Gestational diabetes mellitus (GDM) might predispose the mothers to depression. Studies have reported the role of biomarkers either in GDM or depression, but very few have examined them in GDM with depression. The present study profiled the circulating levels of brain-derived neurotrophic factor (BDNF), Beta Endorphin (BE) and nesfatin-1 in women with GDM (with and without depression).
160 pregnant women at 24-28 weeks of pregnancy (NGT/GDM with & without depression, n = 40 each) were randomly selected from the ongoing STRiDE (STratification of Risk of Diabetes in Early pregnancy) study. Depression score was derived using PHQ-9 questionnaire and ELISA was used to quantify the biomarkers.
Circulatory levels of BDNF, BE and nesfatin-1 were lower in GDM women with or without depression compared to NGT without depression, however, nesfatin-1 levels were higher in NGT with depression. Notably, GDM with depression had the lowest levels of BDNF and BE. Both BDNF and BE levels were negatively correlated with depression, 1 h and 2 h plasma glucose. Regression analysis confirmed that each standard deviation decreases in BDNF and BE were independently associated with higher odds of GDM with or without depression even after adjusting for potential confounders.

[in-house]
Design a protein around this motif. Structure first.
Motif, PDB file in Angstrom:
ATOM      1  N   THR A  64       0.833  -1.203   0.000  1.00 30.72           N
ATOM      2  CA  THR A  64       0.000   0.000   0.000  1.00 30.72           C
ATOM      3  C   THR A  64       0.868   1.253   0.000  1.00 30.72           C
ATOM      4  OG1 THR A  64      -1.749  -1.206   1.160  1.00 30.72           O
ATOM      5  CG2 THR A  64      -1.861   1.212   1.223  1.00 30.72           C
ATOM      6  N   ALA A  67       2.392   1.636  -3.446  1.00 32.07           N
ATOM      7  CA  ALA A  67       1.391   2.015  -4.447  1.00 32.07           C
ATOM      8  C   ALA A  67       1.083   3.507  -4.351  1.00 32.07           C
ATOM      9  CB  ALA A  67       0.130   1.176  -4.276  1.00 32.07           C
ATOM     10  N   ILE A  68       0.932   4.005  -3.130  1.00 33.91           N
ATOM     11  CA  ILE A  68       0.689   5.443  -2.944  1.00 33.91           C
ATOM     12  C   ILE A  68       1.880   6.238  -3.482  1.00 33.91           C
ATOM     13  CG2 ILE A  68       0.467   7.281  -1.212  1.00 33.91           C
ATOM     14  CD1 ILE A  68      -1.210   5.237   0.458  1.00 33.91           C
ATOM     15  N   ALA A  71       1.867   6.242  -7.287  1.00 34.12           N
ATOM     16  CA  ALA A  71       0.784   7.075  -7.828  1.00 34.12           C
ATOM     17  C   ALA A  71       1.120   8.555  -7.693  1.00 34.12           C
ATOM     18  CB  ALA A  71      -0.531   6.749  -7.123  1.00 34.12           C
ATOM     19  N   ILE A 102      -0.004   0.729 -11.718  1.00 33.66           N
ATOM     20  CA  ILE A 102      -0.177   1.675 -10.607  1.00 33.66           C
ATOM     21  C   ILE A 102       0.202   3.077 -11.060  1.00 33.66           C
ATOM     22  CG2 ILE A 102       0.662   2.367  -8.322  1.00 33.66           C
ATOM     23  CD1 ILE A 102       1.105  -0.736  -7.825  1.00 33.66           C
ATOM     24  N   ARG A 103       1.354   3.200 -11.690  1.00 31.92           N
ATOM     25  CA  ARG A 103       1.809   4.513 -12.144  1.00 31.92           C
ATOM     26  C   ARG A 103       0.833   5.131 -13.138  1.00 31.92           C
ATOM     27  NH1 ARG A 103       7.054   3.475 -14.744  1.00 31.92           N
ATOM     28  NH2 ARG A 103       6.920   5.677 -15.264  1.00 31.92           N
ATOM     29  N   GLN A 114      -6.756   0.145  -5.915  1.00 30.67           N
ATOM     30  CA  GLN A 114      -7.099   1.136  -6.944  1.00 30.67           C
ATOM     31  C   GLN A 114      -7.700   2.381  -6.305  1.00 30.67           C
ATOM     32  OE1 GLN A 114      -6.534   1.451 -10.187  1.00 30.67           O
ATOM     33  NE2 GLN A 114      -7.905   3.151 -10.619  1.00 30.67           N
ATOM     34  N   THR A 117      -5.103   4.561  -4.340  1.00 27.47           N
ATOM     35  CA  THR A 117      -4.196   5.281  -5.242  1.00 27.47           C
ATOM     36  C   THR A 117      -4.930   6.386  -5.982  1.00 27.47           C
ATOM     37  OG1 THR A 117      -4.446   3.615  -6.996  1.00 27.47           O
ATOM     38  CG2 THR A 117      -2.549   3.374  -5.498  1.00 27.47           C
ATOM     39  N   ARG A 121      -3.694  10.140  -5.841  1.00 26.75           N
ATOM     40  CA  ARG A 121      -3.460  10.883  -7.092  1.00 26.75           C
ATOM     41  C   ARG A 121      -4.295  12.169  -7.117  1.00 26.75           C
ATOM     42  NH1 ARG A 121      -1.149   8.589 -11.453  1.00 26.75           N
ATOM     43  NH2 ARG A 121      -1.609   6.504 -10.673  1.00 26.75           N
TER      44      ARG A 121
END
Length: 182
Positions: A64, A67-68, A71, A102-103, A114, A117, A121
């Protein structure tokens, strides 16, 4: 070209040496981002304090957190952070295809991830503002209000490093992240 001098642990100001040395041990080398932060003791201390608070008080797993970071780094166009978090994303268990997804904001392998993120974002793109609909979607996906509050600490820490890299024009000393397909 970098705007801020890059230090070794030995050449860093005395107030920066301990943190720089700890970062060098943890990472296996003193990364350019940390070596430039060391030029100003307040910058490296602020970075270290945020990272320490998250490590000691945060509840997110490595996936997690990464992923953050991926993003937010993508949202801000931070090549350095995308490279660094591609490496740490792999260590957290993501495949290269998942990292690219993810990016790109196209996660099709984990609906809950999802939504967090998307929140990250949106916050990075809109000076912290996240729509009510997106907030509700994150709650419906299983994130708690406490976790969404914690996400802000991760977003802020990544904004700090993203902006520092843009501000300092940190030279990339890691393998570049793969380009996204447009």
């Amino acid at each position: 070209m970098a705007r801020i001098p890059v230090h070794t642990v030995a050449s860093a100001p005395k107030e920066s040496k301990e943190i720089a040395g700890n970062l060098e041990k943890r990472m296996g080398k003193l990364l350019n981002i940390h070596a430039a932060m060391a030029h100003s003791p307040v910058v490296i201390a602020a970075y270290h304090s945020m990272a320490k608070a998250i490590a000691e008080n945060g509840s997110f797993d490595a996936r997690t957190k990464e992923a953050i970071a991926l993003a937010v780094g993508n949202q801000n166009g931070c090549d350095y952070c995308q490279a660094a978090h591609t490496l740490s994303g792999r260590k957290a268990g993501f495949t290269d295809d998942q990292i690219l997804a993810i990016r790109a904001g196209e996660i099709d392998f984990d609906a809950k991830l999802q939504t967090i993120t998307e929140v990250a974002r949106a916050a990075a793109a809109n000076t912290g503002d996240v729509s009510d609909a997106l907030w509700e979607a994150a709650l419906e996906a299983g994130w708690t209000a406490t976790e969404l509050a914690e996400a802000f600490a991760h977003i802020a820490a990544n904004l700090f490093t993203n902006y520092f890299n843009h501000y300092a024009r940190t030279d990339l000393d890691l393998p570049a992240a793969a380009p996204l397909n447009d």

Our study has identified altered levels of a panel of neurobiological biomarkers (BDNF/BE/nesfatin-1) in those with combined GDM and depression. BDNF/BE could be potential biomarkers to assess the higher risk of coexisting depression and GDM.

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